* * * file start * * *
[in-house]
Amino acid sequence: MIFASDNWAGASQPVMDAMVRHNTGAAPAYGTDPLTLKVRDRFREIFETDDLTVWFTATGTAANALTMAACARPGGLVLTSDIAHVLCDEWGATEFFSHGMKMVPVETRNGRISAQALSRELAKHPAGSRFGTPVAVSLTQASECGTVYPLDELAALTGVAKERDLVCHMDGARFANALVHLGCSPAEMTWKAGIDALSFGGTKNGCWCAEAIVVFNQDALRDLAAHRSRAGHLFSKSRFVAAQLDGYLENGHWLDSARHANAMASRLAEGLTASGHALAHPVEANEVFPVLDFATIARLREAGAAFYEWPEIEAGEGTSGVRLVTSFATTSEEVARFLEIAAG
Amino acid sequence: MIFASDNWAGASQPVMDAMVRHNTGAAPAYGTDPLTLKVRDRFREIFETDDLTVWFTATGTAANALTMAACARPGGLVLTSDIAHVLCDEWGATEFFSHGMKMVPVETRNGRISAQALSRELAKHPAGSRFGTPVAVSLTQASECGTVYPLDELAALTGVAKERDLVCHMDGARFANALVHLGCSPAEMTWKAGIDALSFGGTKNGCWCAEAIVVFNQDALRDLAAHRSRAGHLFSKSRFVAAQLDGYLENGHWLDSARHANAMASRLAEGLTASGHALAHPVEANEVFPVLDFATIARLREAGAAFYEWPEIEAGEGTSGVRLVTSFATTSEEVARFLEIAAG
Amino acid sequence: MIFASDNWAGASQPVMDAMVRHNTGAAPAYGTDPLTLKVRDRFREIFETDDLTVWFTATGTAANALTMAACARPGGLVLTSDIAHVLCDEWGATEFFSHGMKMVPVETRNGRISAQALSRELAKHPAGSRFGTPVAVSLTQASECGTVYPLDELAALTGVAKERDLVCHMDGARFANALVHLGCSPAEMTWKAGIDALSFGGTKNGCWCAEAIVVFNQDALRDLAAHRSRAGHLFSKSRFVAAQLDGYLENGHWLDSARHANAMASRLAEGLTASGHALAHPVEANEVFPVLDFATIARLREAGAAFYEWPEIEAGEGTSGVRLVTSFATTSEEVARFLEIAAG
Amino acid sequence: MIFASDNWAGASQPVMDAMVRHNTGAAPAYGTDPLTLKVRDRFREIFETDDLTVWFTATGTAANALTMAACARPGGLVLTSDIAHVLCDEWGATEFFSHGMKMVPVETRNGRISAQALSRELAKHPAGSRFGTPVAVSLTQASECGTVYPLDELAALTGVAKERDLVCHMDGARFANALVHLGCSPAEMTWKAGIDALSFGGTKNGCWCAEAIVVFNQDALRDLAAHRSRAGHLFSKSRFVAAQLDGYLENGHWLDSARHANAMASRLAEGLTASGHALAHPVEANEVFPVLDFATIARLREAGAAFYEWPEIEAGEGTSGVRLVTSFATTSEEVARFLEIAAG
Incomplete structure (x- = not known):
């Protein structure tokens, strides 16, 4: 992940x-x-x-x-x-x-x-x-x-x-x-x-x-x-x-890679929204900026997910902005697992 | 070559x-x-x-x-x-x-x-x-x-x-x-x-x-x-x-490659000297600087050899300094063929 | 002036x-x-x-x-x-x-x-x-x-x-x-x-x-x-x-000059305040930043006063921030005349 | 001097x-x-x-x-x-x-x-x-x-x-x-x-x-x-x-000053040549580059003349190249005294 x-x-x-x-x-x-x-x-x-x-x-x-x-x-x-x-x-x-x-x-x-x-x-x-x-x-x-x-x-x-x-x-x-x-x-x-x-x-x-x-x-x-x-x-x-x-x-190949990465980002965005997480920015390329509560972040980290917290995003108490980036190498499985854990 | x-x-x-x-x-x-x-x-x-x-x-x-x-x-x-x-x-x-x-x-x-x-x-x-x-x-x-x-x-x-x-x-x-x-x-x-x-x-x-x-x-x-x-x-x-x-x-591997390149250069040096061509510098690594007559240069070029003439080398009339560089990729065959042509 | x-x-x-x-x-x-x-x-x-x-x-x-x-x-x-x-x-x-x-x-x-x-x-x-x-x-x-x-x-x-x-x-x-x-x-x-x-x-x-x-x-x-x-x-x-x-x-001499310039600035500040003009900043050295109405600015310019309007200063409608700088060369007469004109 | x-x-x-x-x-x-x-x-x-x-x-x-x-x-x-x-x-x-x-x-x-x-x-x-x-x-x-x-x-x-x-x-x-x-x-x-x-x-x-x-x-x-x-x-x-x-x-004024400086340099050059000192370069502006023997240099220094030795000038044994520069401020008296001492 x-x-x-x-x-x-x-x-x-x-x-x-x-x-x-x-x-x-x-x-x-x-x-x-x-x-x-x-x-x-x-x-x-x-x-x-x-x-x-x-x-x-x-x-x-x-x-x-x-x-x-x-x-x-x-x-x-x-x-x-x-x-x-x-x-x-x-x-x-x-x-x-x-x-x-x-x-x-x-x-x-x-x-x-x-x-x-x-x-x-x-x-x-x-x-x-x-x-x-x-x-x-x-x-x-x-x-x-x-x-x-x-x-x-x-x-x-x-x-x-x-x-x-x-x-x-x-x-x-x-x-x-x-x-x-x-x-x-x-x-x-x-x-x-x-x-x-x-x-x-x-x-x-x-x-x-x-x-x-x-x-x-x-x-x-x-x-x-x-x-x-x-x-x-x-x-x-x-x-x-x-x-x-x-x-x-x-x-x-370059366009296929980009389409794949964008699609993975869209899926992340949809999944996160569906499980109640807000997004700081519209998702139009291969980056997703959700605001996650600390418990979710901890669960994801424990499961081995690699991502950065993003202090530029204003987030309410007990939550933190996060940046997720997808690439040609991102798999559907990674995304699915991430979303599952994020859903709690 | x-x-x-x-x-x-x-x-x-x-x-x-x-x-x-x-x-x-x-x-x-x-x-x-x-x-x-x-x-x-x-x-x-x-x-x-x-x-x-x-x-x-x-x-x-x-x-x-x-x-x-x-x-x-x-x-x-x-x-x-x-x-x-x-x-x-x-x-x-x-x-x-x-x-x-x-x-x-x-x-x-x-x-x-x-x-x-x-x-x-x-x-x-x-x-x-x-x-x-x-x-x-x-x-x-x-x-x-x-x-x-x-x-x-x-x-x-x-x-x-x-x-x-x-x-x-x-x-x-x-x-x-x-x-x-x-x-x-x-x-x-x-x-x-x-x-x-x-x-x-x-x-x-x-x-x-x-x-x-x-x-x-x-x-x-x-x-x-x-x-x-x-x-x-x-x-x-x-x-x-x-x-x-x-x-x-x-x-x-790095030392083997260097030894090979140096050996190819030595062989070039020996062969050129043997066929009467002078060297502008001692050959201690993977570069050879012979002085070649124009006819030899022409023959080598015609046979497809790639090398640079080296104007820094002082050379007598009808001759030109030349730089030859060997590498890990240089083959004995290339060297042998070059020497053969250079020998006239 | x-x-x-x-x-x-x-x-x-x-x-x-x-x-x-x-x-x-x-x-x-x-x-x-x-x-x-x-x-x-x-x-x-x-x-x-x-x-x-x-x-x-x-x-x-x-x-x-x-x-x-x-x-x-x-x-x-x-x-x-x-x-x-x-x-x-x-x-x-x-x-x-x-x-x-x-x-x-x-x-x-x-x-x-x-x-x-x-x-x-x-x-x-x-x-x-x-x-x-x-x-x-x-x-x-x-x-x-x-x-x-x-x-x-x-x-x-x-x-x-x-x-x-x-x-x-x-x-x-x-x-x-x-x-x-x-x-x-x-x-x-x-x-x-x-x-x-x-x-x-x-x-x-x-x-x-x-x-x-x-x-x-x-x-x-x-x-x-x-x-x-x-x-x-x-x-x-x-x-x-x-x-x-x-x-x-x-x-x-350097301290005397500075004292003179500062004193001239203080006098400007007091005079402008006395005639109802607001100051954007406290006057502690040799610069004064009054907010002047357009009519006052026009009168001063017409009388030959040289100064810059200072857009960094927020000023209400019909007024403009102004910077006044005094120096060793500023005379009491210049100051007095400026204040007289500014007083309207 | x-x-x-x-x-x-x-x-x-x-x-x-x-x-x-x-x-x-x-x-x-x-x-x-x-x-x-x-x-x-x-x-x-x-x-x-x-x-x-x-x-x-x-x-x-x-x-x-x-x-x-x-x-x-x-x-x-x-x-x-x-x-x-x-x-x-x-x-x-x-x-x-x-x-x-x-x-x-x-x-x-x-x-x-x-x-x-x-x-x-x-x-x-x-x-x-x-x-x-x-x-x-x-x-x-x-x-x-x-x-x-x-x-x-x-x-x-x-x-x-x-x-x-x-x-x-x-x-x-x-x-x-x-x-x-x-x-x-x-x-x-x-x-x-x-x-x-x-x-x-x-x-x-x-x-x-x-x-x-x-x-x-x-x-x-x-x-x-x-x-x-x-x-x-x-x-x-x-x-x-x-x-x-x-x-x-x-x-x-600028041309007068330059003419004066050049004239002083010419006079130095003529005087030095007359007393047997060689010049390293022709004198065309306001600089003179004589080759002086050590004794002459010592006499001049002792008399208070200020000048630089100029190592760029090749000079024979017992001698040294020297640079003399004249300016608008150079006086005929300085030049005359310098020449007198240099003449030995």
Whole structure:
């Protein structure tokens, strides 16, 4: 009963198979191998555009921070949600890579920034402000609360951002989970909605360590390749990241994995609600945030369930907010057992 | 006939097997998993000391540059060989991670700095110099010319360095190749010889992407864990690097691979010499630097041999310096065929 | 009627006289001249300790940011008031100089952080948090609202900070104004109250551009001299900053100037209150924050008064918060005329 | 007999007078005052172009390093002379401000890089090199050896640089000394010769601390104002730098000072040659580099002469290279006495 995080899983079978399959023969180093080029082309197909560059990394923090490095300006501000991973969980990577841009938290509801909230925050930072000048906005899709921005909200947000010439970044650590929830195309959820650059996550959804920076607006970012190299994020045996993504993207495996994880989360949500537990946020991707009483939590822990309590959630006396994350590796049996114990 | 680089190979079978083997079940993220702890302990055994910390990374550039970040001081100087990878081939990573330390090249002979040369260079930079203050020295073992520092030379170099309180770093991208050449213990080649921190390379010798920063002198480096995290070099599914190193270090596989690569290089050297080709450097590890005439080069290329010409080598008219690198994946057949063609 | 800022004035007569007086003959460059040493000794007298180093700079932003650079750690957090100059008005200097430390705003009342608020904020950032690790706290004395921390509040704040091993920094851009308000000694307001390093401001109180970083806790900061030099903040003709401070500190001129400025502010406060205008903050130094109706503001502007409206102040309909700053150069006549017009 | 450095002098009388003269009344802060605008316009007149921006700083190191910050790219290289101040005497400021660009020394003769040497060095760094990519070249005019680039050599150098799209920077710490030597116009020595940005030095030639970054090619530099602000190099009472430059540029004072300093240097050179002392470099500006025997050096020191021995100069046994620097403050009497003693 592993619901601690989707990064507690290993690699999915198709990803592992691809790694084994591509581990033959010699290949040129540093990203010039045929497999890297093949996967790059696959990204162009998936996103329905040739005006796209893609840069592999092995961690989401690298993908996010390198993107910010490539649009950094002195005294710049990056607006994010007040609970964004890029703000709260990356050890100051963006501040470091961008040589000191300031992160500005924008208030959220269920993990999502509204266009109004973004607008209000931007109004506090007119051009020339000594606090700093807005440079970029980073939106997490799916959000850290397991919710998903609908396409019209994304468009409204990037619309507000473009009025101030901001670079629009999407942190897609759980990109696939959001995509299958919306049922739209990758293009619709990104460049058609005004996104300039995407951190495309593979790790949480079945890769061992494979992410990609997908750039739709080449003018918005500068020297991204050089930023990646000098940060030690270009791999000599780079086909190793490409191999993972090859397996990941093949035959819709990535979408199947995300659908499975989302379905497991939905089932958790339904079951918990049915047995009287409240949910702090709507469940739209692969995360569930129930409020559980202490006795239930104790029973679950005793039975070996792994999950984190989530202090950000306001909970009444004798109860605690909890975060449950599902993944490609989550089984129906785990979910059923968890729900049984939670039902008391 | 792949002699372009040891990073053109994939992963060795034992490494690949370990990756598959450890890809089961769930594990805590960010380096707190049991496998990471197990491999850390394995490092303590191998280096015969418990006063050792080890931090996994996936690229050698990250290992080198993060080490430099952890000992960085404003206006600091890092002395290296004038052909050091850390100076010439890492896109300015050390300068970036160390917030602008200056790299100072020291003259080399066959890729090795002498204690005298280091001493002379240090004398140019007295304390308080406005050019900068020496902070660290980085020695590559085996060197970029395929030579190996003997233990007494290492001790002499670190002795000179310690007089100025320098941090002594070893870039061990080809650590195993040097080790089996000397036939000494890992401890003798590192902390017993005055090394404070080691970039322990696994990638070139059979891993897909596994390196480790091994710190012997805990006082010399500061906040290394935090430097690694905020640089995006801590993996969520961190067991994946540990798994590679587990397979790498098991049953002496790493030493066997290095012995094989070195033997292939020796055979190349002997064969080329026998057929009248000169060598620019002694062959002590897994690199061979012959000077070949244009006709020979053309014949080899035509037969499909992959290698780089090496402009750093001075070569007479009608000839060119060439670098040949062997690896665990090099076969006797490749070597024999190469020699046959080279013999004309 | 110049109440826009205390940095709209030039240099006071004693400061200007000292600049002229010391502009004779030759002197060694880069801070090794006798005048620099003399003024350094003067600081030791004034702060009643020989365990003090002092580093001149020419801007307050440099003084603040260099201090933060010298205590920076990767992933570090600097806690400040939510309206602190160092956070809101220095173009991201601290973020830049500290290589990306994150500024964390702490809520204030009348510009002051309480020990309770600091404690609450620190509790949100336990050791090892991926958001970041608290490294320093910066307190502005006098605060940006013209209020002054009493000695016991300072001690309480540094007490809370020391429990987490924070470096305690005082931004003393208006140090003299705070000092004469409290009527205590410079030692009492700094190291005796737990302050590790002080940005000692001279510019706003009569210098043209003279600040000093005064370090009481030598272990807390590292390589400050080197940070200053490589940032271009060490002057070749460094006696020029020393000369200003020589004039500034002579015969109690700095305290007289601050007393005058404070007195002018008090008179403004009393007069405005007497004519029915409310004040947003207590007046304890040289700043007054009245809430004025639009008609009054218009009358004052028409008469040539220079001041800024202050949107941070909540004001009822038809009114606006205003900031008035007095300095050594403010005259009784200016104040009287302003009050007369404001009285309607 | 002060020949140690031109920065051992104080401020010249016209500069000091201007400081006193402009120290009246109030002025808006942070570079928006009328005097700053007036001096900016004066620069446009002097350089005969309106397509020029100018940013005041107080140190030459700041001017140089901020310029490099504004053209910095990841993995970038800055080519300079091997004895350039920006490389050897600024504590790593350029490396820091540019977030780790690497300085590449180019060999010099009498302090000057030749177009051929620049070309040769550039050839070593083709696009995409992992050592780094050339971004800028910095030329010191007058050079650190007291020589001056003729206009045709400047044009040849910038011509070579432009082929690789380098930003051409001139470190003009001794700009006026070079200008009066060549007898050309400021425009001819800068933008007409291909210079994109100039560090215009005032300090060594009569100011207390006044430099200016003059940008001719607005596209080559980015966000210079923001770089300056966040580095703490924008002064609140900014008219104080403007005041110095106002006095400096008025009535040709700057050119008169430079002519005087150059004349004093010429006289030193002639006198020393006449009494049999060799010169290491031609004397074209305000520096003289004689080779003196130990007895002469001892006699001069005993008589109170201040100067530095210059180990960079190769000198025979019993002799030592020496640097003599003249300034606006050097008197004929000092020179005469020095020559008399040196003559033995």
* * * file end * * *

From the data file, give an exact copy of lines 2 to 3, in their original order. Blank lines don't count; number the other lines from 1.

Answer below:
Amino acid sequence: MIFASDNWAGASQPVMDAMVRHNTGAAPAYGTDPLTLKVRDRFREIFETDDLTVWFTATGTAANALTMAACARPGGLVLTSDIAHVLCDEWGATEFFSHGMKMVPVETRNGRISAQALSRELAKHPAGSRFGTPVAVSLTQASECGTVYPLDELAALTGVAKERDLVCHMDGARFANALVHLGCSPAEMTWKAGIDALSFGGTKNGCWCAEAIVVFNQDALRDLAAHRSRAGHLFSKSRFVAAQLDGYLENGHWLDSARHANAMASRLAEGLTASGHALAHPVEANEVFPVLDFATIARLREAGAAFYEWPEIEAGEGTSGVRLVTSFATTSEEVARFLEIAAG
Amino acid sequence: MIFASDNWAGASQPVMDAMVRHNTGAAPAYGTDPLTLKVRDRFREIFETDDLTVWFTATGTAANALTMAACARPGGLVLTSDIAHVLCDEWGATEFFSHGMKMVPVETRNGRISAQALSRELAKHPAGSRFGTPVAVSLTQASECGTVYPLDELAALTGVAKERDLVCHMDGARFANALVHLGCSPAEMTWKAGIDALSFGGTKNGCWCAEAIVVFNQDALRDLAAHRSRAGHLFSKSRFVAAQLDGYLENGHWLDSARHANAMASRLAEGLTASGHALAHPVEANEVFPVLDFATIARLREAGAAFYEWPEIEAGEGTSGVRLVTSFATTSEEVARFLEIAAG